• See ways to bring forth the greater whole that is emerging
• Perceive what is ‘yours’ to do, and when action is ready to emerge
In 1999 Rabia and her husband, sold their home and undertook a deliberate period of homelessness as part of an international pilgrimage of direct service and teaching. In 2002, while working with a peace group in Iraq, Rabia was elected the first American delegate to the Global Non-Violent Peaceforce. Since then she has worked organizing and teaching active non-violence in Burma, Indonesia, the tribal lands of Southeast Asia, Iraq, Syria, Israel/Palestine, Brazil, Afghanistan, Pakistan and most recently Standing Rock.
Please tune in to this wise soul whose upbeat spirit is simply contagious, and path of activism and adventure compelling.
* Susan explains how Rabia’s leadership excites her in a chaotic time in the United States after the election of Donald Trump
* The niche of the podcast is strategies towards building common ground and not political activism or spiritual practice, not that it doesn’t support both
* Lines between activism, spiritual practice and neutral interventions can be blurred
* Rabia describes her work as an “exercise in happiness”
* Elizabeth Rabia Robert’s bio
* Internationally known citizen activist and women’s advocate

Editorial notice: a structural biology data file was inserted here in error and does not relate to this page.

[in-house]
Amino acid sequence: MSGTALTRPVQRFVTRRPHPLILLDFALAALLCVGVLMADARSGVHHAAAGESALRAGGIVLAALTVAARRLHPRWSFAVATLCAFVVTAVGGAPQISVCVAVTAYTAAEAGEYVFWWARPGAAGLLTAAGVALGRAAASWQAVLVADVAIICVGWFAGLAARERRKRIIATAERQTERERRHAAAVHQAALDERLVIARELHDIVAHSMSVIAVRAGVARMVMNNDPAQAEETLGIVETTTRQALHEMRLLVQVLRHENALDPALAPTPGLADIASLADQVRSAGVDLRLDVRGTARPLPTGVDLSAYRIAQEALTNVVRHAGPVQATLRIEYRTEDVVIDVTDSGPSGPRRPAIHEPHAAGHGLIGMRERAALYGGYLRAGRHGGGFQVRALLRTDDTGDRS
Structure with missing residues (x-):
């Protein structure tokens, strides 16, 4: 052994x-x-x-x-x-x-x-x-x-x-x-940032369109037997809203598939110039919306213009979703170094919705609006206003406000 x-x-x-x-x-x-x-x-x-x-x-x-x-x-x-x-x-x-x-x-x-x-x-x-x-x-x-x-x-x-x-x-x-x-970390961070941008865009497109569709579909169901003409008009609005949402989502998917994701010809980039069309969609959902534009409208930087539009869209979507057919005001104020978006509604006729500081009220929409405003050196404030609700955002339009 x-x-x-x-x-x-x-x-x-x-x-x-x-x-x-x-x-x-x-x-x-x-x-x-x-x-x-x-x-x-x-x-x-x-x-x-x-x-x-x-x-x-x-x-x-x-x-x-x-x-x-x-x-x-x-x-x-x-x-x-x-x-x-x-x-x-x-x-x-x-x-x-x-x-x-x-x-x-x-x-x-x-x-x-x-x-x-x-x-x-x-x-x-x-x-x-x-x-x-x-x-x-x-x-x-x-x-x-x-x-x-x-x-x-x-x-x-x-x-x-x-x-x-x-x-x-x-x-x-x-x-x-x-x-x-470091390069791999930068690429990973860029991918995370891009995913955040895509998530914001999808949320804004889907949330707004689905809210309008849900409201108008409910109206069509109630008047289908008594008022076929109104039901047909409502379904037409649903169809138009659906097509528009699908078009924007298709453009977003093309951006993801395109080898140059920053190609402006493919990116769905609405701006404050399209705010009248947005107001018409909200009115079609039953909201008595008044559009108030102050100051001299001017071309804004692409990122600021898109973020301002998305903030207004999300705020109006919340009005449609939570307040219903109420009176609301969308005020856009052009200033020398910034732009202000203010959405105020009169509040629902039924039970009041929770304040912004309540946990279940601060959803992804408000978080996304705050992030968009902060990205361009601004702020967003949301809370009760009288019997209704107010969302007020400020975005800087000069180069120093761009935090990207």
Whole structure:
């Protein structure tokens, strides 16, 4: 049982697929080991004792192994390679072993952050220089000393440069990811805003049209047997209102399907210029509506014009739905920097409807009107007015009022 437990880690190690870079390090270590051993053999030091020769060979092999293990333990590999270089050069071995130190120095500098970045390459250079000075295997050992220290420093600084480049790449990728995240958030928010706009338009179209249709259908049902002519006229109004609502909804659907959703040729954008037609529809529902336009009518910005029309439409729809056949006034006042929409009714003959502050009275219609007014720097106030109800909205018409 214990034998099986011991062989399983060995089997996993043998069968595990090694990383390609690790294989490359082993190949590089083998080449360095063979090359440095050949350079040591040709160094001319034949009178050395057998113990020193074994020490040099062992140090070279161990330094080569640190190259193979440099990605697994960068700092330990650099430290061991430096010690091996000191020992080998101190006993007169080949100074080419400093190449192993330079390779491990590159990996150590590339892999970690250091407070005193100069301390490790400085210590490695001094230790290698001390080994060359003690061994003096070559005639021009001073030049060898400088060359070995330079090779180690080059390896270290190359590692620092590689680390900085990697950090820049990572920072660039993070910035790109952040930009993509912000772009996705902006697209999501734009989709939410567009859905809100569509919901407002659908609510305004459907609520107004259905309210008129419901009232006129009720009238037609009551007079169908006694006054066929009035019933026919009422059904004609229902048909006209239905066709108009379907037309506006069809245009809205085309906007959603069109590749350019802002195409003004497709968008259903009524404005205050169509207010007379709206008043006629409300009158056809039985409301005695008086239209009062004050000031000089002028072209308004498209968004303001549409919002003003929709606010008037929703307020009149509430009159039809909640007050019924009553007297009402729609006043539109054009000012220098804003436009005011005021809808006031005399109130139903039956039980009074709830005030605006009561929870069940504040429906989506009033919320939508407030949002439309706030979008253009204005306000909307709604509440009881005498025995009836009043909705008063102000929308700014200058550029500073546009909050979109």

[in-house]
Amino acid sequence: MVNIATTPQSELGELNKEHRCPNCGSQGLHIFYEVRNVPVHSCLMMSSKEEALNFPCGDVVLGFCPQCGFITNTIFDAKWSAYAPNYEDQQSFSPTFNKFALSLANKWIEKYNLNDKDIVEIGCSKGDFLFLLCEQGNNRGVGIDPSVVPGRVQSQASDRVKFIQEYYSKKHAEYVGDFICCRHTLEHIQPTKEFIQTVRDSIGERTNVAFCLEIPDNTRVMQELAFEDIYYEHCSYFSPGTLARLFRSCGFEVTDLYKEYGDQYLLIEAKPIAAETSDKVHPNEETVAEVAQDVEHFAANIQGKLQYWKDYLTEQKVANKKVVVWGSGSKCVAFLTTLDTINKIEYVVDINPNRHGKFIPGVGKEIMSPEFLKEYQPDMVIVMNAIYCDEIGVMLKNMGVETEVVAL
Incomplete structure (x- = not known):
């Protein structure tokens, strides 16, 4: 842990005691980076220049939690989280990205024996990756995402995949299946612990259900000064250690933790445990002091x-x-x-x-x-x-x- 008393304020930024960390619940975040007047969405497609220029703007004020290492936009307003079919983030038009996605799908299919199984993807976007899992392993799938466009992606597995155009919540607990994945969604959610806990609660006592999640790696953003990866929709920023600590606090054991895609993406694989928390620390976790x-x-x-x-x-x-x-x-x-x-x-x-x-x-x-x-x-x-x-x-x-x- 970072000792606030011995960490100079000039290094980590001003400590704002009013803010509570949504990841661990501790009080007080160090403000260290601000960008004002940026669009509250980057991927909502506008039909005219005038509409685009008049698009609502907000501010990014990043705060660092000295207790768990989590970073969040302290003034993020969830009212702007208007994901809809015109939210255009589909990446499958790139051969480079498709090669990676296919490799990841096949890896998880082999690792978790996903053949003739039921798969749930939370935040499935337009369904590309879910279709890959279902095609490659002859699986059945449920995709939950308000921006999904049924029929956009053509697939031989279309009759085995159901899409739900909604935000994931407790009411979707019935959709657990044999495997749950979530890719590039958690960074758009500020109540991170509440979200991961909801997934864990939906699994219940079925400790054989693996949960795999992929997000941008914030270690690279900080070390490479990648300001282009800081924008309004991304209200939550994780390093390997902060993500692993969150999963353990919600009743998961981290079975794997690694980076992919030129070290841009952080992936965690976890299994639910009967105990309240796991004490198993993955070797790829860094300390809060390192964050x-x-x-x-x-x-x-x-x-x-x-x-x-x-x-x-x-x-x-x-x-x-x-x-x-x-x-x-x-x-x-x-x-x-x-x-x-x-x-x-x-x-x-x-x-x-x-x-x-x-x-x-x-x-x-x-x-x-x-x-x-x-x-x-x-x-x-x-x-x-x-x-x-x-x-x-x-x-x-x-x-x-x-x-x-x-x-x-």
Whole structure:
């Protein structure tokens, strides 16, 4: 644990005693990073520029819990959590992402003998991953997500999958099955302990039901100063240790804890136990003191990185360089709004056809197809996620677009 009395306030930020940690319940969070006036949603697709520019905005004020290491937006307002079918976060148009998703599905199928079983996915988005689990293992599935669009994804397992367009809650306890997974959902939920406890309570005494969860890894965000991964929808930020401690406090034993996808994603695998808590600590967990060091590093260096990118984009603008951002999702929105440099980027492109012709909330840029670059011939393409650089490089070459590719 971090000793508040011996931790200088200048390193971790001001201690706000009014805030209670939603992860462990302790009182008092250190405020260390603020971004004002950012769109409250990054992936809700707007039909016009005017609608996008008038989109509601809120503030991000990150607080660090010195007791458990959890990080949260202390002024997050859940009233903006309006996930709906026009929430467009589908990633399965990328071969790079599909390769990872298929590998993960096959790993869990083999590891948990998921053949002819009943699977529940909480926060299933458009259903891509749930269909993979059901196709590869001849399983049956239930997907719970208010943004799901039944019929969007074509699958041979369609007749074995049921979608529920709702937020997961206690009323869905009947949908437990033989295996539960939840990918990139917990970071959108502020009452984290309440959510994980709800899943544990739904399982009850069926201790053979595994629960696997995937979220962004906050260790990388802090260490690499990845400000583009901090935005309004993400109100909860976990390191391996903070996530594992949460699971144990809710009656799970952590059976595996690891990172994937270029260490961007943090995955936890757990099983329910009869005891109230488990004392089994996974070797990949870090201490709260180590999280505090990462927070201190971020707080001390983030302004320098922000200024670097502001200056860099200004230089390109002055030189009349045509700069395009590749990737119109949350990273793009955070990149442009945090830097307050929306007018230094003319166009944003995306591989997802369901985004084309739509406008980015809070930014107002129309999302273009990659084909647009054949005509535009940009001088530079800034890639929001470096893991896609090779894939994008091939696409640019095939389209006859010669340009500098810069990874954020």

* MaShieka- spiritual guide and teacher in the international Sufi way
* Non-dual Buddhism
* Social and environmental justice issues
* Extensive and creative travels around the world
* Works on Buddhist retreats and women’s empowerment programs throughout the world
* Referred to as a “Global Grandmother” in Afghanistan
* Earlier social activism in Selma, Alabama, USA with Dr. Martin Luther King Jr.
* MA in Liberation Theology from Marquette University
* Youth coordinator on the White House Conference on Children and Youth
* Assistant Program Director National Public Radio
* Special consultant for John D. Rockefeller III on Women’s empowerment, population, and development
* Doctorate from Harvard University * Influenced by Catholic priest Fr. Thomas Berry and Buddhist teacher Joanna Macy
* 1999, Rabia and husband sold home and undertook a deliberate period of homelessness as an international pilgrimage of service
* 2002 peace group in Iraq- first American delegate to the Global Nonviolent Peaceforce (started by Mel Duncan)
* Teaching active nonviolence in Asia and the Middle * New project: “Waking Up Together: Feminine Wisdom and Global Transformation”
* Deep respect for the activating power of the receptive and a deep faith in the capabilities and intuition of women of all ages and cultures
* “Love and Dust: On the Road from Selma to Kabul”
* Recently, supporting Native Americans at Standing Rock
* Committed early to social justice and adventure
* Rabia says the first part of her life was more “standard,” going to Harvard and being deeply influenced by living on welfare for a year